Frequently people will, when speaking about learning the Indonesian language, claim it is a very simple and easy language. While Indonesian lacks anything similar to the abstruse grammatical rules so frequently found throughout English, it is still just as difficult a language to master as any other.
Indonesians are quite the inquisitive people. Upon first meeting someone they are prone to inquire about all sorts of things most Americans would find odd, or even impolite, to ask an acquaintance. Age, marital status, religion, and when you have had your most recent shower or meal are all things Indonesians do not hesitate to ask. These are not questions many Americans would readily find appropriate to pose, even to someone with whom they regularly associate.
“It seems like Ramadan starts earlier and earlier every year.” Well, if it seems that way then it is only because it is true. The Islamic calendar is based on lunar cycles, and one lunar year is about eleven days shorter than its cousin, the solar year. So generally Ramadan occurs eleven days earlier than it did the previous year.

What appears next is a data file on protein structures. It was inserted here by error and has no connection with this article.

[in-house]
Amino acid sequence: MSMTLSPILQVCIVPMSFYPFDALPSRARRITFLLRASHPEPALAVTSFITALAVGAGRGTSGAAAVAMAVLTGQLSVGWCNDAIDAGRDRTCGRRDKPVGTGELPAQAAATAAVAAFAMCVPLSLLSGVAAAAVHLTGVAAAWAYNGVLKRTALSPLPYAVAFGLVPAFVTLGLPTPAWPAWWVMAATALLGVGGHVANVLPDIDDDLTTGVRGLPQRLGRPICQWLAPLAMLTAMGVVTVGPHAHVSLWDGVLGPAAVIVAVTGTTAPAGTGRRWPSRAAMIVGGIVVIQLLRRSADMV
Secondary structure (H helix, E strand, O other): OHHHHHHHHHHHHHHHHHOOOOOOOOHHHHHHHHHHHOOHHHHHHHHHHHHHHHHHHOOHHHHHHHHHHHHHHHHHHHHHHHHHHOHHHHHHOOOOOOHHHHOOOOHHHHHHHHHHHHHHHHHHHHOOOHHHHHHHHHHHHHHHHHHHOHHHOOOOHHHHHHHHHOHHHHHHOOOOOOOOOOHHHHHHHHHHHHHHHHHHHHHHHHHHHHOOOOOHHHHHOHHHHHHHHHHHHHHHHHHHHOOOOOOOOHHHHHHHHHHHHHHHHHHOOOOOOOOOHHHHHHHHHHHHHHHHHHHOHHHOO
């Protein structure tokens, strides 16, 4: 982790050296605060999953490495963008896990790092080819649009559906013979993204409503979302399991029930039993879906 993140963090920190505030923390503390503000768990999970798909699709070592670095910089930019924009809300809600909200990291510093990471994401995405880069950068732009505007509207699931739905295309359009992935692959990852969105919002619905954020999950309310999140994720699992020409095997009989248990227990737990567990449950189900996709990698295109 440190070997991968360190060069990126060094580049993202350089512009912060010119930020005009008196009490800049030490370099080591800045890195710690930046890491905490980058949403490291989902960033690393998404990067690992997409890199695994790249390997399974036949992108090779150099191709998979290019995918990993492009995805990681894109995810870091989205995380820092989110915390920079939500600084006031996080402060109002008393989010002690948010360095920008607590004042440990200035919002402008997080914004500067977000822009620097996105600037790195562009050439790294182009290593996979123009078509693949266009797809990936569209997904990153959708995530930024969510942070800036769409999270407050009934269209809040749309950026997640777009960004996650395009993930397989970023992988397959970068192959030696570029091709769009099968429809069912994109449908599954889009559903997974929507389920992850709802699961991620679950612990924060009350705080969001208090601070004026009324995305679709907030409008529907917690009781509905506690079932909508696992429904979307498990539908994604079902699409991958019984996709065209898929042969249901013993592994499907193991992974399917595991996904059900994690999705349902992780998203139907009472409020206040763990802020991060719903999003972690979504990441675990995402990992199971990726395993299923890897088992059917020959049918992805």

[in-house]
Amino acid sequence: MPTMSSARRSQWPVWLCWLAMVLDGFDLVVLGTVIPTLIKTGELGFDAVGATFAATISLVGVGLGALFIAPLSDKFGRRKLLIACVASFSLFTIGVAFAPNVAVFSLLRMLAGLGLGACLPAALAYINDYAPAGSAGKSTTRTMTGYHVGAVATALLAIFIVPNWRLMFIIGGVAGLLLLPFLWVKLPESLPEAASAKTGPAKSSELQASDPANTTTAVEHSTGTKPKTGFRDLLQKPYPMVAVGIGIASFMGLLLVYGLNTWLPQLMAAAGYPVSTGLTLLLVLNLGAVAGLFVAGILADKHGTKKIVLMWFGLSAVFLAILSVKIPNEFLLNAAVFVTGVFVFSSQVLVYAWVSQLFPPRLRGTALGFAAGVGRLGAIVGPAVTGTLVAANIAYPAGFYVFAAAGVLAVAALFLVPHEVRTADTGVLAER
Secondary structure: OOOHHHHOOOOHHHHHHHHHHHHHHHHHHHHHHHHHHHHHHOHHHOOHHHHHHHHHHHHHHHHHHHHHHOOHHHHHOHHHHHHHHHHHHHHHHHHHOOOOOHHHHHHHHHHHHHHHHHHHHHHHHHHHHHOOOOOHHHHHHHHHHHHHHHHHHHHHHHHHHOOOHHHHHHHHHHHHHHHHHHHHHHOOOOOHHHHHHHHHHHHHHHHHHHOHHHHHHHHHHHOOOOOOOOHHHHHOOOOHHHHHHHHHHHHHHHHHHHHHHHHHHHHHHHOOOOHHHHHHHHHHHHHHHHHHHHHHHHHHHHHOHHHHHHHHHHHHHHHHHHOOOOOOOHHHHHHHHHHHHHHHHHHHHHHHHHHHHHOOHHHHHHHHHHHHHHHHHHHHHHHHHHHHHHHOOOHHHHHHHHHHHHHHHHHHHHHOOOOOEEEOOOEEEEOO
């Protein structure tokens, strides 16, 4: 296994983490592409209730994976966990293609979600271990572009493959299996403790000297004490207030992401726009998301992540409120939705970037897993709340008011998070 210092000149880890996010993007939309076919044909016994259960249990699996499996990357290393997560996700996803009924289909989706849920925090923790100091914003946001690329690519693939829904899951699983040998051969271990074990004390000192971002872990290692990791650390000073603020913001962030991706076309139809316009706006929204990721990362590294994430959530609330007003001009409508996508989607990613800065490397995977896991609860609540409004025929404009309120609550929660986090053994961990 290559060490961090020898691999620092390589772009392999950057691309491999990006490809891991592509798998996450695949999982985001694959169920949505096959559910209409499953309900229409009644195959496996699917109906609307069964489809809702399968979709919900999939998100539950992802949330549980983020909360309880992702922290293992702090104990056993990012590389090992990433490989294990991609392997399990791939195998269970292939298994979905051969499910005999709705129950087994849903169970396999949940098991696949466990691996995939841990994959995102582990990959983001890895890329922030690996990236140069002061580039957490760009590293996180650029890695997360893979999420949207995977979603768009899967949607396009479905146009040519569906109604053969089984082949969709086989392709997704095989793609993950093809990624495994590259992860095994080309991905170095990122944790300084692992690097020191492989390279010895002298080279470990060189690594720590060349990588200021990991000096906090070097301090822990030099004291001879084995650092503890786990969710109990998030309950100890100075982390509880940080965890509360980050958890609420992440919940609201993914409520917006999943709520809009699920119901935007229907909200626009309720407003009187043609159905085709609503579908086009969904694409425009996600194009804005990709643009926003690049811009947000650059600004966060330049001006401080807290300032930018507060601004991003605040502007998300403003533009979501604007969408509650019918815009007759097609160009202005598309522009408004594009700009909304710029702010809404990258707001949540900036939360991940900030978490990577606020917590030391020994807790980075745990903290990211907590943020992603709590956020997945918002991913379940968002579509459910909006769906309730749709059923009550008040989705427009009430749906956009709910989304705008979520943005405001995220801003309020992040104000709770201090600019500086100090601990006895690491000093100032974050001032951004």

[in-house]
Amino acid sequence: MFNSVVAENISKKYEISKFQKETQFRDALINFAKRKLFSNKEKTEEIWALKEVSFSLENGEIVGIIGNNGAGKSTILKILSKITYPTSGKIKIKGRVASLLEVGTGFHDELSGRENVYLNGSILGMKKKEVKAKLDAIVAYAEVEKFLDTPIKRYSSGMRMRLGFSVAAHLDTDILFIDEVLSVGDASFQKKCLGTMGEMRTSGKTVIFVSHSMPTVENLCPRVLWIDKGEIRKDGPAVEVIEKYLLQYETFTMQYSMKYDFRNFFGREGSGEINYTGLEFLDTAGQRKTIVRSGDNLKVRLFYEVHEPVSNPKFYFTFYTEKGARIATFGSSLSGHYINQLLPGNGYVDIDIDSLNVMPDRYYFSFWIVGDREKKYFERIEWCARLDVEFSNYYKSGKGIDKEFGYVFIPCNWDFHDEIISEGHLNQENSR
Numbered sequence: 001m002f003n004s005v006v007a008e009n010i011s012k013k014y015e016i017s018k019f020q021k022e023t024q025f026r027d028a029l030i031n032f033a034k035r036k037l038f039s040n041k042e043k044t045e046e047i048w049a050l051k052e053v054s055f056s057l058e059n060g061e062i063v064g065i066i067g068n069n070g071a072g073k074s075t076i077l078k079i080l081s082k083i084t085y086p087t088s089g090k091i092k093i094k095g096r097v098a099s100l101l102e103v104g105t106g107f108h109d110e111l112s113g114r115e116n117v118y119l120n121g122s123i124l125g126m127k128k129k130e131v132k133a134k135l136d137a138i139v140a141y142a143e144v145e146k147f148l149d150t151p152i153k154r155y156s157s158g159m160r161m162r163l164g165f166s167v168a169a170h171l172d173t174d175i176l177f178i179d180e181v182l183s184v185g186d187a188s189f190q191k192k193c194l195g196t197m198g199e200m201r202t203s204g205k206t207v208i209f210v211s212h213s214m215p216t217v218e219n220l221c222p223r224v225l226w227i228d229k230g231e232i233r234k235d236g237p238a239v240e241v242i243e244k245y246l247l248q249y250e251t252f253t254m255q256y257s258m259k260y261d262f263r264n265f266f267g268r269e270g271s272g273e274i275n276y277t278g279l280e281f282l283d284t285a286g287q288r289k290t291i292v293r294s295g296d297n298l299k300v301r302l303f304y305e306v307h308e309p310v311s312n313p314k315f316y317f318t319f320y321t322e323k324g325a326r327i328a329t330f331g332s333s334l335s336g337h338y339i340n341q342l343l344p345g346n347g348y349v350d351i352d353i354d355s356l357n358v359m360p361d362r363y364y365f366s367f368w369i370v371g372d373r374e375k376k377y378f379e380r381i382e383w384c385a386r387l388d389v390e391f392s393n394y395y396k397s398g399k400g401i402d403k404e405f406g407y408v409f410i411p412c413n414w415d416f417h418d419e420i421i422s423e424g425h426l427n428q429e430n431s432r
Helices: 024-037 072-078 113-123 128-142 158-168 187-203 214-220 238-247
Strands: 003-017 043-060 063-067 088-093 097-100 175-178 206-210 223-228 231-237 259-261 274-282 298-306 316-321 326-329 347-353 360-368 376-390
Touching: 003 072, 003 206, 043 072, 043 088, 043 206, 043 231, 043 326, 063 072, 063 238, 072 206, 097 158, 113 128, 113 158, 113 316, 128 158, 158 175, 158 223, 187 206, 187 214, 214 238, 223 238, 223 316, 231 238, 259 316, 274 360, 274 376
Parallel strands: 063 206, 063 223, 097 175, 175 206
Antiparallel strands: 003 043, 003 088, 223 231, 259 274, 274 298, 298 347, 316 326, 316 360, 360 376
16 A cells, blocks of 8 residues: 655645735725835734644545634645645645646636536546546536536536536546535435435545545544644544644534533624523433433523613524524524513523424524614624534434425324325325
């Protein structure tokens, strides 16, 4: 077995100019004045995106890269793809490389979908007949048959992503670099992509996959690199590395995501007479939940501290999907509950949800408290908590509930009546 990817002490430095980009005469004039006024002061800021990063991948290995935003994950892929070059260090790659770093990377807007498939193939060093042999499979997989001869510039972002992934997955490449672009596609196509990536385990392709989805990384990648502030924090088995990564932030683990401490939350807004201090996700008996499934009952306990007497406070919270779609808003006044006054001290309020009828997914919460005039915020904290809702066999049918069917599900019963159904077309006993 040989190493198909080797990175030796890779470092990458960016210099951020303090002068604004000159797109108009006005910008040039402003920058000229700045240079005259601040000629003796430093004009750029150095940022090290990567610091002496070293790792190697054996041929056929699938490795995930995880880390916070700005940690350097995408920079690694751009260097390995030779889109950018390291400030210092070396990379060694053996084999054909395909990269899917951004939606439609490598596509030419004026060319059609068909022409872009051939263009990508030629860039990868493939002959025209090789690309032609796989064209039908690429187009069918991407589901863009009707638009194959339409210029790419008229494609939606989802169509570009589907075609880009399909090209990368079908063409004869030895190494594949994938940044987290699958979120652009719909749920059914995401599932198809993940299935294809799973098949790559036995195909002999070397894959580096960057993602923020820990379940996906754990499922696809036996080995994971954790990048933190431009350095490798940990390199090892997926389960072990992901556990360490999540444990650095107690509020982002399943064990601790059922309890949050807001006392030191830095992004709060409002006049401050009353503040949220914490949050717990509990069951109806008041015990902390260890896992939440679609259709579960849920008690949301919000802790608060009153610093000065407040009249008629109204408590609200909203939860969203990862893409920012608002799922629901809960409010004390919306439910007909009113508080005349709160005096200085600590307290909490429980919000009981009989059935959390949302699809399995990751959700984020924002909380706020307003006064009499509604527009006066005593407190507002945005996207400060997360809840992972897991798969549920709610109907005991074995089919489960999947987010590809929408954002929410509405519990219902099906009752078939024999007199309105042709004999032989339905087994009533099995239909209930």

Pre service training, or PST, is essentially boot camp for Peace Corps volunteers. Traditionally PST is three months, twelve weeks, in length. Peace Corps Indonesia normally has a ten-week long PST; unfortunately for my cohort (ID10, my “class” of fellow volunteers) our departure from the States was postponed for ten days due to a delay in obtaining visas— a fun and telling welcome to the Peace Corps for sure.
The Javanese word for please is monggo. In Sundanese people say mangga. In both Indonesian and Javanese mangga means mango. So to say mango in Sundanese people say buah manggah, which literally means mango fruit. Explaining this somewhat trivial difference in language was always one of the first things people in Kediri would do when I told them I would be moving to West Java.
This past Wednesday, the first of June, my Peace Corps class concluded pre-service training and was sworn in as official Peace Corps Volunteers (PCVs). The start of our two years of service officially began. We received our Peace Corps pins, and most of us said goodbye to Kediri, our first home in Indonesia.
Rumah Indonesia saya means my Indonesian home. The family I have been living with for PST has been spectacular. I have been very lucky in that my family and I have gotten along with no problems. Of course, this might be because Indonesians are very hospitable and accommodating, but I’d like to think it’s because we’re just a perfect match for each other. I’ve never been made to feel, or treated, like I was anywhere other than home. That’s not to say my time with my homestay family has always been smooth sailing. All the hospitality and accommodation in the world doesn’t actually make a place home. It takes a little bit more than being comfortable to feel at home somewhere.